T'ai Chi Ch'uan Study Center
of the Washington, DC Metropolitan Area
Our fourteenth annual "Return to the Mountain" T'ai Chi retreat was held June 4 to 8, 2008 at the beautiful and historic Claymont mansion near Harper's Ferry, West Virginia.
We filled this 4 story mansion with students and enjoyed a variety of activities including ch'i kung every morning on the porch which overlooks the huge lawn and T'ai Chi classes in the ballroom, on the porch and on the lawn under the trees. There was a large amount of time for relaxing and just hanging out as well as walking along the forest trails and in the huge garden. (Claymont is on about 350 acres.) Casey Willson and Meg Kinghorn did another great job of teaching the beginners section.
The annual Egg Toss Oympics was enjoyed by all.
This year for the first time there were classes in T'ai Chi staff and even an introductory workshop in swing dancing.
Plus there were fabulous meals catered for us in the oak paneled dining hall.
Although we didn't see a wild turkey with her brood walking across the lawn like we did one year, it was another great time of fun and learning.
Claymont has been reserved for next year's retreat which will be held June 3 to 7, 2009.
Our 33th annual New Year's Banquet was held on February 17, 2008 at the beautiful home of Elisabeth and Bill Pugh. The pot luck format was enjoyed by all and we again held our annual raffle of prizes. Many thanks to all who attended and especially to Elisabeth and Bill.
John Lang, T'ai Chi teacher and Acupuncture Physician was here on Saturday, July 24, 2004 to present the eighth and final seminar in his annual series on "Ch'i, Chinese Medicine and T'ai Chi Ch'uan. Each year he has added new and interesting information on the relationship between T'ai Chi and acupuncture that has helped to enhance our understanding and practice. We also enjoyed a delightful potluck gathering at the beautiful home of Elisabeth Pugh.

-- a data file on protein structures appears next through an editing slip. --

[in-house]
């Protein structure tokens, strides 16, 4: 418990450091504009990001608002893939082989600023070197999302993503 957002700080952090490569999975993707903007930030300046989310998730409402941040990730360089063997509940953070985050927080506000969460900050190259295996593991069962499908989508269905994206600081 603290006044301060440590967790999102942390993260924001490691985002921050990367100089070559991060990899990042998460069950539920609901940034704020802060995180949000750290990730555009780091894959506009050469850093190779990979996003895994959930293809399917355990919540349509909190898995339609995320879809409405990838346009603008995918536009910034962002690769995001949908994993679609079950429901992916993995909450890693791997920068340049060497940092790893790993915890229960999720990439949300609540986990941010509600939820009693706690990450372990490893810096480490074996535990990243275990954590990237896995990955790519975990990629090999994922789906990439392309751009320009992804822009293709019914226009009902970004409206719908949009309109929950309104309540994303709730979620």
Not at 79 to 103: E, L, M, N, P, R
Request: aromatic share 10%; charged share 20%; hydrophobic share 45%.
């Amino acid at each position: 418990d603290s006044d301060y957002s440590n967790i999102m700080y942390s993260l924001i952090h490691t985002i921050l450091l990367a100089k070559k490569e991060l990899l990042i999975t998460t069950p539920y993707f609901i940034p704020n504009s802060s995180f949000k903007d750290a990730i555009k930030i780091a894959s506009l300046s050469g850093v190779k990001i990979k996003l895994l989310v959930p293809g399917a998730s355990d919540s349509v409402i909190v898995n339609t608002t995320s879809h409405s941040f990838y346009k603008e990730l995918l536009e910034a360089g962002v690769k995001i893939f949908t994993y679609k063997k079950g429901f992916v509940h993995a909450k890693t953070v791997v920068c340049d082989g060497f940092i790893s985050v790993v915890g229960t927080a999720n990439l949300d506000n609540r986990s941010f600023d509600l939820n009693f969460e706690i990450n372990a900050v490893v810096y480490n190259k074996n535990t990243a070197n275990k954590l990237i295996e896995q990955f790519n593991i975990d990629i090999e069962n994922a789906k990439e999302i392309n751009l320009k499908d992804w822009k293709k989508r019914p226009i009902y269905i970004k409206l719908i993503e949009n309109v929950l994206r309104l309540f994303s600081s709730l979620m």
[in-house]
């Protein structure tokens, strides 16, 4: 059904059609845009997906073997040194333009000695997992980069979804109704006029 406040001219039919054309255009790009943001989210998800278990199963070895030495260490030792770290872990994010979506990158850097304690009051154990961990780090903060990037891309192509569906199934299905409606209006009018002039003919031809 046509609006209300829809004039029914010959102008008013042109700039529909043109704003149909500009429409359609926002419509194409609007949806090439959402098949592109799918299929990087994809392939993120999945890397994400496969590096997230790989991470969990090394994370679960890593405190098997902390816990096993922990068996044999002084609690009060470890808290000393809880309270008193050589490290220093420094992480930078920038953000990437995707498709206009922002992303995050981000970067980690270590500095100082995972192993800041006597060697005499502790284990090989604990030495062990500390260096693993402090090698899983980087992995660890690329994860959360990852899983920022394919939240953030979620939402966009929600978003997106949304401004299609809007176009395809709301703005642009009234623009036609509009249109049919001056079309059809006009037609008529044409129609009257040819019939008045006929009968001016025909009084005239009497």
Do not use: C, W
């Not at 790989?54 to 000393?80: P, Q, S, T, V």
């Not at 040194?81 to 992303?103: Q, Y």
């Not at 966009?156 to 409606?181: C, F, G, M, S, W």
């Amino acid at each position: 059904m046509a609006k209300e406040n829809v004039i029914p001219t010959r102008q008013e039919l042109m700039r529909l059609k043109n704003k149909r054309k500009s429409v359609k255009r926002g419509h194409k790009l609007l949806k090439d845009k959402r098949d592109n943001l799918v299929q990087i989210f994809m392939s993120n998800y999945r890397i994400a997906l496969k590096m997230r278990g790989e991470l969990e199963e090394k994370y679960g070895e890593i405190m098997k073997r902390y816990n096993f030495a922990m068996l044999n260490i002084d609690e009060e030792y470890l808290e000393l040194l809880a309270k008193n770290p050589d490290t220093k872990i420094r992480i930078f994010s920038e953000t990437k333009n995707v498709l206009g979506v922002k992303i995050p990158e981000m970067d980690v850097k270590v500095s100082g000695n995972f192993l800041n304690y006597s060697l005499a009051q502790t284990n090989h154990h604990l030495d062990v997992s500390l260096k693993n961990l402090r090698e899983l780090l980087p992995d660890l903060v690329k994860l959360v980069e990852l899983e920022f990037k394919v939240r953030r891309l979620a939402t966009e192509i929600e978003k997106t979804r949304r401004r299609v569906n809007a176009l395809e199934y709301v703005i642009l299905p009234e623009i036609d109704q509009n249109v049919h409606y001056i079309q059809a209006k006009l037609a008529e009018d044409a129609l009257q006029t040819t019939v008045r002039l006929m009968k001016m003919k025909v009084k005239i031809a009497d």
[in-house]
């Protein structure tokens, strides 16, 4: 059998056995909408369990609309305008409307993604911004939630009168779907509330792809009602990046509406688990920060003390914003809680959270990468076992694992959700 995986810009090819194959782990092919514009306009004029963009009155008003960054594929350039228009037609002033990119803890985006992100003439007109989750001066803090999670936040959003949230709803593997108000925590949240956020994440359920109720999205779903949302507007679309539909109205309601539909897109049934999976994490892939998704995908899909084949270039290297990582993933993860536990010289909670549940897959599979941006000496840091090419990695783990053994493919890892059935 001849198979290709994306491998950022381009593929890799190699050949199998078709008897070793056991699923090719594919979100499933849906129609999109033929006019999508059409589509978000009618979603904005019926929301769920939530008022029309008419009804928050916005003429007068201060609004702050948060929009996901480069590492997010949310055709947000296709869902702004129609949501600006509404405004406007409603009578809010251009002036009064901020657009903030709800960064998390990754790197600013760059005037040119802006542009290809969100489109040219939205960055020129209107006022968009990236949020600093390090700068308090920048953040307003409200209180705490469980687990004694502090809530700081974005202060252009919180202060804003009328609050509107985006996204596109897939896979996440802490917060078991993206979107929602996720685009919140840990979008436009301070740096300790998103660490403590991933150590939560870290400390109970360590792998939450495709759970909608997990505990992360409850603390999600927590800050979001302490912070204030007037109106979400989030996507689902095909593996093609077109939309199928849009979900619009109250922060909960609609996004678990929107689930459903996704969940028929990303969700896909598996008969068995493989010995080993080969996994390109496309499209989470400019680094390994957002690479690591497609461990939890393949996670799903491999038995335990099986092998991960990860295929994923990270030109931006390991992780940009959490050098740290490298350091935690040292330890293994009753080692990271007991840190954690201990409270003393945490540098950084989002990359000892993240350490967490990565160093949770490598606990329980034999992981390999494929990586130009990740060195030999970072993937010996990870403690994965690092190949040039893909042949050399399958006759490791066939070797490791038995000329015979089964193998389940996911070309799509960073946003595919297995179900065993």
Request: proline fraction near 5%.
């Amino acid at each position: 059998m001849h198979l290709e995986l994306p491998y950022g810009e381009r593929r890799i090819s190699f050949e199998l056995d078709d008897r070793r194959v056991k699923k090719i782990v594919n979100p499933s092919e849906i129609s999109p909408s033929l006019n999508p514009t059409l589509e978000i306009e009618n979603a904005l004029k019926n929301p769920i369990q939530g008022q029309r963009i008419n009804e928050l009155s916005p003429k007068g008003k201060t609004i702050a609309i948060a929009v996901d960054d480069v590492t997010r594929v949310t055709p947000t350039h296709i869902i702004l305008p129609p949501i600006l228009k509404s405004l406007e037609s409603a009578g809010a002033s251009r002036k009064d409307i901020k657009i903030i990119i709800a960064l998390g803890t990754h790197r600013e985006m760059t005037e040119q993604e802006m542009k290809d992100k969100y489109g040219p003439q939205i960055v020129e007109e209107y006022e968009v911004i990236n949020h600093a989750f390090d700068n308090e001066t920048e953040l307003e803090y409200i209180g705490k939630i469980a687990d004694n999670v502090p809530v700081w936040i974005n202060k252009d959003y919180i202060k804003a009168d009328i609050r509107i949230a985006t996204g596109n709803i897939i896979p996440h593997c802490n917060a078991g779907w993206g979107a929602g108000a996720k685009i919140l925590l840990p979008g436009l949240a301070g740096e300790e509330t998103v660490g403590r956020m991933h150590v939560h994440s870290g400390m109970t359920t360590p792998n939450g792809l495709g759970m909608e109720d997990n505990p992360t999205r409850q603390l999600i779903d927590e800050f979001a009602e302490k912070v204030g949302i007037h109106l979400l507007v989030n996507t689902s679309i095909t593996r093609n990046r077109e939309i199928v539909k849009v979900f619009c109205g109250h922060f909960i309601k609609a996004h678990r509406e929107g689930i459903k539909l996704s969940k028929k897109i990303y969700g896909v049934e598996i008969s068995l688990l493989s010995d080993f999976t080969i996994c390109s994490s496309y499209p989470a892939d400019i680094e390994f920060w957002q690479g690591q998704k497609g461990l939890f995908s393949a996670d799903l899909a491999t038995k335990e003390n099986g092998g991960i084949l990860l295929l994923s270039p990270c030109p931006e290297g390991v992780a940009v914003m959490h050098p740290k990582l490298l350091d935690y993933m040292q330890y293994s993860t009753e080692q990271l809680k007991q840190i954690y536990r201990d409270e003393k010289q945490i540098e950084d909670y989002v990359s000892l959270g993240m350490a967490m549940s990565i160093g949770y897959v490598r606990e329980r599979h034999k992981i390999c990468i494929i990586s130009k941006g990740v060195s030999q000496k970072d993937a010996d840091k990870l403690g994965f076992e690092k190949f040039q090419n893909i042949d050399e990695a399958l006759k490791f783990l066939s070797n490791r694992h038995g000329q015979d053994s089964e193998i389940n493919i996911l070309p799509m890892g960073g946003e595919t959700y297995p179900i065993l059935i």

Our thanks go out to John for his eight years of valuable contributions.
A special workshop on "Aikido and Ki Exercises" was presented on Saturday, November 1, 2003, at the Virginia Ki Society dojo by Steve Wolf, 3rd dan black belt and co-head instructor there. Steve gave an introduction to Aikido history and principles and drew parallels to T'ai Chi's principles to a group of about 3 dozen folks. Then he gave a demonstration of aikido's leading of an attacker's energy with the assistance of his associate Mary Ann. It was interesting and fun to see the petite Mary Ann throw the 6' 3" Steve all around the mat. Then our group got involved as Steve and Mary Ann led us through a series of ki exercises demonstrating the effectiveness of relaxing and sinking and using one's center. We concluded with a randori exercise. All agreed that the afternoon was a most enjoyable and informative look at Aikido and its similarities to T'ai Chi. Our thanks go out to Steve and Mary Ann and all the folks at the Virginia Ki Society.
A Free All Day T'ai Chi
Saturday, August 11, 2001, an intrepid band of sixteen T'ai Chi students and friends embarked upon a T'ai Chi Kayak Adventure on the Potomac River. Although the day started out sunny, this turned out to be the afternoon of the enormous thunderstorm that caused so much flooding locally and yes, we got caught in the middle of it and the accompaning lightning while we were on the river. Things quickly turned a little more exciting than we had expected.